New York diners have a specific kind of magic to them. They exist in an elusive space-time continuum where there’s no difference between 8am and 8pm. They’re the perfect midnight meeting spots where the only rule is that the man on his fifth coffee refill in the corner is in charge. At a diner, absolutely no one cares who you are, what you do, or why you only ordered a plate of half-sour pickles.
Much like the archetypal diners in Seinfeld, Goodfellas, or The Muppets Take Manhattan, there’s nothing stopping you from pairing your breakfast sandwich with a beer at Golden Diner in Two Bridges. Here you’ll sit next to grandmotherly white lace curtains and an analog clock that says “chicken dinner” in red cursive. Swivel stools face an open kitchen where exactly three people make everything on flat top grills. But unlike the food at whatever comes up when you search “diner near me,” the classics at Golden Diner are updated and unexpected. And in most cases, they make the original versions taste like they’re missing something.
Nearly everything on the menu has Korean, Japanese, Thai, or Chinese influences. Which means your cobb salad will have Thai basil, bean sprouts, and Thai bird chili dressing as well as extra crispy bacon and jammy eggs. It will outshine any salad you eat for weeks. The club sandwich is made with a chicken katsu cutlet and creamy purple cabbage slaw. Eat it once and you’ll react to every other club sandwich the same way you react to your fiscally conservative ex’s LinkedIn updates. And even though you might expect a diner with a locally brewed pilsner and green tea coffee cake to charge too much, there’s only one thing on the menu that costs more than $15.
Our one problem with Golden Diner is that it closes at 11pm. We feel a little emptier inside knowing we’ll never get to have a midnight meeting over pancakes here. But when it is open, no one cares what time it is or how many pickles you eat. So you should feel confident ordering dishes that make no coherent sense together, like you would at any place with sugar packets on the table and a man who’s been sitting in the corner with his coffee and a newspaper since 1979. The only difference is that at this diner, you’ll want to make a plan to eat the breakfast sandwich on the scallion milk bun a week in advance - which is something no one on Seinfeld has ever done.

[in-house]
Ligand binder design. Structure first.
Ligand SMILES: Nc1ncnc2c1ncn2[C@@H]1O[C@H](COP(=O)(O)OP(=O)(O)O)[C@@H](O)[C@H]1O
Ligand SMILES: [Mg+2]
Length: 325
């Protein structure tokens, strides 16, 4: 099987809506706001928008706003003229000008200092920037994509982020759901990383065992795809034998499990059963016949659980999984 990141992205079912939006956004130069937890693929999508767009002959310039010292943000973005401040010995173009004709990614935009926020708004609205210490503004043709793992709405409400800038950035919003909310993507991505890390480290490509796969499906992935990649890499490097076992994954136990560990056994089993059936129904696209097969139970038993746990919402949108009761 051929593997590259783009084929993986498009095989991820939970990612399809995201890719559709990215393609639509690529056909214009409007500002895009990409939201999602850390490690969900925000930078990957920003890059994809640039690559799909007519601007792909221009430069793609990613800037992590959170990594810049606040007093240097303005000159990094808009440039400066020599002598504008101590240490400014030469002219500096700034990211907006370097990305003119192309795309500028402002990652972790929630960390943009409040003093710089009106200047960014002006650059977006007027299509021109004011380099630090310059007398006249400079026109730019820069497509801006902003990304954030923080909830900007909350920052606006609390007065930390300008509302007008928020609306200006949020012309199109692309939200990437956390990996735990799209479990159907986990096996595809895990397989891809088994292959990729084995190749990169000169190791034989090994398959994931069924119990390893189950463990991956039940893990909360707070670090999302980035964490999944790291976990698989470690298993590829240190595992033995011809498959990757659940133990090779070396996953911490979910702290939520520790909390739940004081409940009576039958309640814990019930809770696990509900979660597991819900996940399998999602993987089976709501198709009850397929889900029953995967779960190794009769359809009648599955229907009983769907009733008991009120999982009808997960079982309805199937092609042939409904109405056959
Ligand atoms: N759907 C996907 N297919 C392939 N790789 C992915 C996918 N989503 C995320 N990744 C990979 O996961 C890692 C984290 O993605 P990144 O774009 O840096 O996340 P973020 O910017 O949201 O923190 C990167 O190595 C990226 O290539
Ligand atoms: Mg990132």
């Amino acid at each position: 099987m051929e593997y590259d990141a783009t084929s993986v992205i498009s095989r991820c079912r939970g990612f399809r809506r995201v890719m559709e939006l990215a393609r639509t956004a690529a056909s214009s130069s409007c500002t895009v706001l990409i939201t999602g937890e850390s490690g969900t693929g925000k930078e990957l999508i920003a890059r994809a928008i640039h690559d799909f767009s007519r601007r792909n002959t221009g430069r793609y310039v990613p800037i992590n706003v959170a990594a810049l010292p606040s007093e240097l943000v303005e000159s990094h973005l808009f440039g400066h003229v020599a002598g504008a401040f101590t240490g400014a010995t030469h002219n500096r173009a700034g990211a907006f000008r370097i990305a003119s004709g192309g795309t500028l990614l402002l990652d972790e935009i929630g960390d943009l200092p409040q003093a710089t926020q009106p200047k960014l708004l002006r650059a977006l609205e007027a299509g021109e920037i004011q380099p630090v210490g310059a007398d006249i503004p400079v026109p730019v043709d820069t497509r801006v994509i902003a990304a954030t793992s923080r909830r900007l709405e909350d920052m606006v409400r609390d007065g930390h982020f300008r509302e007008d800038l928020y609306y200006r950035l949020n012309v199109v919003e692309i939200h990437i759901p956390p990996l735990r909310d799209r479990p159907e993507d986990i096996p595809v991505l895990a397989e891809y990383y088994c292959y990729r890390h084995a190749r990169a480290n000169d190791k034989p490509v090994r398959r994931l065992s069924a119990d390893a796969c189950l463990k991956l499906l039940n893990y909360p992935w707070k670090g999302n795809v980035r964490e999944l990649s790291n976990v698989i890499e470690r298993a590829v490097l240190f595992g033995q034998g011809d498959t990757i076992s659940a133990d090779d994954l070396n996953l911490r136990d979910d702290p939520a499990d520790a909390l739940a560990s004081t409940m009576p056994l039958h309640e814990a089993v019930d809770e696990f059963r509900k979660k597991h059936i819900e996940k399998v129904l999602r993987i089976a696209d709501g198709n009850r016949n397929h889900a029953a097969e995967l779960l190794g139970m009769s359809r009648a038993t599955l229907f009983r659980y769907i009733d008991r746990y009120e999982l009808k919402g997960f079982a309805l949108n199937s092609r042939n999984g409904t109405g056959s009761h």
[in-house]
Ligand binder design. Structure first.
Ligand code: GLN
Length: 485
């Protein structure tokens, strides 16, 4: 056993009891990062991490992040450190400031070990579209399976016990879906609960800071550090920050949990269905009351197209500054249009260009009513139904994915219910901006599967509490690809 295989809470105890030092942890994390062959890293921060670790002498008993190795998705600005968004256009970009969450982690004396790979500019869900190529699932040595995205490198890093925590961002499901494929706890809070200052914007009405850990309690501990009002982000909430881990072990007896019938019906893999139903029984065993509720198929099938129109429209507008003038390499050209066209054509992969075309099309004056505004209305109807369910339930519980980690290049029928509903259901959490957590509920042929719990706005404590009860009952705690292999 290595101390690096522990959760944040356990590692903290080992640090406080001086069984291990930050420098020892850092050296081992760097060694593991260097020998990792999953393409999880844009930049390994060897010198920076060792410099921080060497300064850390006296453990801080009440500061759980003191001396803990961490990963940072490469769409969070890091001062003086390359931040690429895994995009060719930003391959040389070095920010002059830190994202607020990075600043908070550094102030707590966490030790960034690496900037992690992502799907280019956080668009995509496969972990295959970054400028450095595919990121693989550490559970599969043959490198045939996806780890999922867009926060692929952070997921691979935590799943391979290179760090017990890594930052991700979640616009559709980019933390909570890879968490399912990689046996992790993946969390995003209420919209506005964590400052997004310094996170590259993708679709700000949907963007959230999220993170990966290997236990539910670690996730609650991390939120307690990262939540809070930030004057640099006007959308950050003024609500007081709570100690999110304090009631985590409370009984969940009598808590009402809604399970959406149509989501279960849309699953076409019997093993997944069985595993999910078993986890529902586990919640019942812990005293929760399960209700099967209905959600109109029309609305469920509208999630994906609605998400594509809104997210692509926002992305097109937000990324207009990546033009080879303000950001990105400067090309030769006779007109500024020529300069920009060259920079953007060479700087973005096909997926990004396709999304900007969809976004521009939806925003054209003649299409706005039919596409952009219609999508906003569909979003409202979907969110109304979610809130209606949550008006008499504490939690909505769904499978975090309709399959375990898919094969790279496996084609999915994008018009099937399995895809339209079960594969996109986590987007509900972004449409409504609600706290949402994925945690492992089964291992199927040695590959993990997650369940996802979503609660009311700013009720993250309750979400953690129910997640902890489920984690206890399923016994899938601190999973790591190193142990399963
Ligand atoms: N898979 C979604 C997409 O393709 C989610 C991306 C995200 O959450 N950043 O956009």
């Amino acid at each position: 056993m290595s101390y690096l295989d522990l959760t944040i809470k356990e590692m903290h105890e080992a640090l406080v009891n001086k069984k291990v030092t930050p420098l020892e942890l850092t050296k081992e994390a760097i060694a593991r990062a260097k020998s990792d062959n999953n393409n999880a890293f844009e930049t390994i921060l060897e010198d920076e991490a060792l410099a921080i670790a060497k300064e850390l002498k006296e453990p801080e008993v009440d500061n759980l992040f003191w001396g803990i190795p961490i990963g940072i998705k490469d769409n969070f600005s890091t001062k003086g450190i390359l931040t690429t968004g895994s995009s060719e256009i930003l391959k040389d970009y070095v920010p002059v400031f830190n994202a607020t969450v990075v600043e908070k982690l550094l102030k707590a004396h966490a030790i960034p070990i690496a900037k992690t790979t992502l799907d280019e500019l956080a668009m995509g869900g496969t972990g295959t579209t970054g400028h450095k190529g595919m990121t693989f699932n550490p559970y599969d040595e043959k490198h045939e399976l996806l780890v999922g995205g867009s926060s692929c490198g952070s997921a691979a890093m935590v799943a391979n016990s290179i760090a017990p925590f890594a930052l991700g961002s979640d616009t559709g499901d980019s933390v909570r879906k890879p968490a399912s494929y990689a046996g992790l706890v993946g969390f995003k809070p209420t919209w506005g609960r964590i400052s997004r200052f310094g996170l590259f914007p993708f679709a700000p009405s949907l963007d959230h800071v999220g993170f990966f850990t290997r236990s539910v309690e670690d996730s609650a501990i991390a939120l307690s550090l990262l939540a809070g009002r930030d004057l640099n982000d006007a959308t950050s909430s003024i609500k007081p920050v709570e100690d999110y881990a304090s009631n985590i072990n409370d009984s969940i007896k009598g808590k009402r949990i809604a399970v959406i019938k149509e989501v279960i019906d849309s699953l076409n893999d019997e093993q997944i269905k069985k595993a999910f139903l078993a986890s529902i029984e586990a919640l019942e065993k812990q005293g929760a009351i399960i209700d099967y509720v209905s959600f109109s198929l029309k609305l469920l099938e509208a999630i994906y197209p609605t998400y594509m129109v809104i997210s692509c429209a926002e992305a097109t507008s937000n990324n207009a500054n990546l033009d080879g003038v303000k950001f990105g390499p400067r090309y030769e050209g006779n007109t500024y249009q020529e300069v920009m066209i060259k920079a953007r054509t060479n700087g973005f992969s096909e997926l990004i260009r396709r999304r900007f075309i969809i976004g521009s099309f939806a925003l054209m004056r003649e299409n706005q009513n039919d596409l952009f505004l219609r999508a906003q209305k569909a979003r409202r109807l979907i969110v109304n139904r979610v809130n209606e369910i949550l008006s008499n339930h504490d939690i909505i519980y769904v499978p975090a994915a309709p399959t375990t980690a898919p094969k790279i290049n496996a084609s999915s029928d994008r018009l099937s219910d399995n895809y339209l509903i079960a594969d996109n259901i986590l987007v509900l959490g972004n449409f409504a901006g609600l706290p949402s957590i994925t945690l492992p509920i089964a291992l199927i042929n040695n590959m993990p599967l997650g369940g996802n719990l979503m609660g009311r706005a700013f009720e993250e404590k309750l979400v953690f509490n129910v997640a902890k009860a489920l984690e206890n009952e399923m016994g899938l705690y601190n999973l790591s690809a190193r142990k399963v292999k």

Your bodega BEC saw you eating this sandwich and now it has intimacy issues. As it rightfully should. This comes on a soft scallion milk bun from a local Chinatown bakery, with melted cheddar, more eggs than we feel comfortable knowing about, and a big crunchy hashbrown.
Another excellent breakfast option that we’d gladly eat any time of day. The beans and crispy potatoes in this burrito make it feel substantial, but not so heavy that it’ll prevent you from solving problems or rescuing cats in trees for the rest of the day.
If you’re here to eat one thing and one thing only, make it this club sandwich. It’s everything you need to know about Golden Diner on one beautiful, green-trimmed ceramic plate. Just make sure you get it with fries and a pickle on the side.
Going back to a normal cobb salad after eating this one would be like learning how to do a perfect arabesque and then being told you have to play tree number four in Swan Lake. It’s light and refreshing, crunchy and saucy, and will inspire you to start putting Thai basil in all of your salads.
This comes with a big fluffy matzoh ball sitting in chicken broth like she owns the place (she does). The broth also has floating carrots, onions, and celery. And now for a sentence we’ve never said before: the celery is the star.
The grilled rye toast in this tuna melt is completely covered in butter, as if it’s preparing for a slip ’n slide during a drought. Inside the sandwich, you’ll find the perfect amount of tuna fish and a handful of salt and vinegar chips that should appear in mayo-based sandwiches more often. We can’t stop thinking about this.
This sandwich will serve as an apology for all the sh*tty vegetarian sandwiches you may have tried in your life. It’s really substantial and filling, with thin grilled tofu skin and most of the vegetables we love so much from the Thai Cobb.
We’ve had inconsistent experiences with this burger. So even though we’d normally recommend any burger medium-rare, ask for this one medium so that the mushroom gochujang sauce, soft bun, and patty don’t feel too mushy together. Having said that, when it’s working, it’s delicious.
This is the only pasta on the menu and they only serve it at dinner. It has thick Taiwanese wheat noodles that look like ribbons, some stray black beans, and a fermented tomato-bean sauce with a slow kick that we love. You won’t realize there are clams in it until about half-way through, because they’re diced and blend into the bread crumbs, tomatoes, and chilis.
Live a little. You’re at a diner after all.